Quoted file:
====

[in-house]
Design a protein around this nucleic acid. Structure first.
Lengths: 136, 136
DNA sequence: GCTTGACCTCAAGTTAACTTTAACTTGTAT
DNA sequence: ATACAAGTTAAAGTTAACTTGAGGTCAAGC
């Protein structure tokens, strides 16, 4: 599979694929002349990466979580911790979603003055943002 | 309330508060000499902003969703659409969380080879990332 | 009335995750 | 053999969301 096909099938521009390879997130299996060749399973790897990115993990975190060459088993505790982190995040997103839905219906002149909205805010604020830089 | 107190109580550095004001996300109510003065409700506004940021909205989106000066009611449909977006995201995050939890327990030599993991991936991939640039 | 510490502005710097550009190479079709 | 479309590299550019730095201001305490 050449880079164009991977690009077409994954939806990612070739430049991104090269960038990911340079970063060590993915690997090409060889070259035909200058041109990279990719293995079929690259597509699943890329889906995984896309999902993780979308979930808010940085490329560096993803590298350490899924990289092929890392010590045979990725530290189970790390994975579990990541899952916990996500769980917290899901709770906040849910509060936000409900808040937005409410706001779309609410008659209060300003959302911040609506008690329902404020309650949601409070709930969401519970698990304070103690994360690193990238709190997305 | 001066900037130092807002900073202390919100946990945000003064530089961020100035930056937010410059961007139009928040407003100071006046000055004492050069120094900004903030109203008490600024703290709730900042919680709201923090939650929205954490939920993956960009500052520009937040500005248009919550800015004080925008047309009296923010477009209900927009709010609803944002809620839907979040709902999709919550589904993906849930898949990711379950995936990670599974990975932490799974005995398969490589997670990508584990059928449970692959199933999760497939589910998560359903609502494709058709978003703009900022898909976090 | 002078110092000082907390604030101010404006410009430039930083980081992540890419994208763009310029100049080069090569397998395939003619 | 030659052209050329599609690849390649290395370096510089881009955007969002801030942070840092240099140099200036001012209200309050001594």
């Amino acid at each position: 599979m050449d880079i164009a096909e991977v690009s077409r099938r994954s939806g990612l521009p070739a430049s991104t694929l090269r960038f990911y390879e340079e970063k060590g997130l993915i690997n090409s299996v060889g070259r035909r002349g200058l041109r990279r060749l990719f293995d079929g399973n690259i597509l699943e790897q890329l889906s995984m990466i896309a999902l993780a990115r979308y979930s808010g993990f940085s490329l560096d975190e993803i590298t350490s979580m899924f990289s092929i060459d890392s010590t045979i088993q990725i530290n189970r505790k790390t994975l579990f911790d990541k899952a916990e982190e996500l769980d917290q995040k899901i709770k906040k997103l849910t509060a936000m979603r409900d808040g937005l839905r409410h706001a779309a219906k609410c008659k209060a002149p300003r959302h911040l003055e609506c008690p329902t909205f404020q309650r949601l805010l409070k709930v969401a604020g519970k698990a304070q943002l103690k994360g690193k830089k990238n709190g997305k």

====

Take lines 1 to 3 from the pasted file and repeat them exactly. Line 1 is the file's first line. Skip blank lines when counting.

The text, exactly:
[in-house]
Design a protein around this nucleic acid. Structure first.
Lengths: 136, 136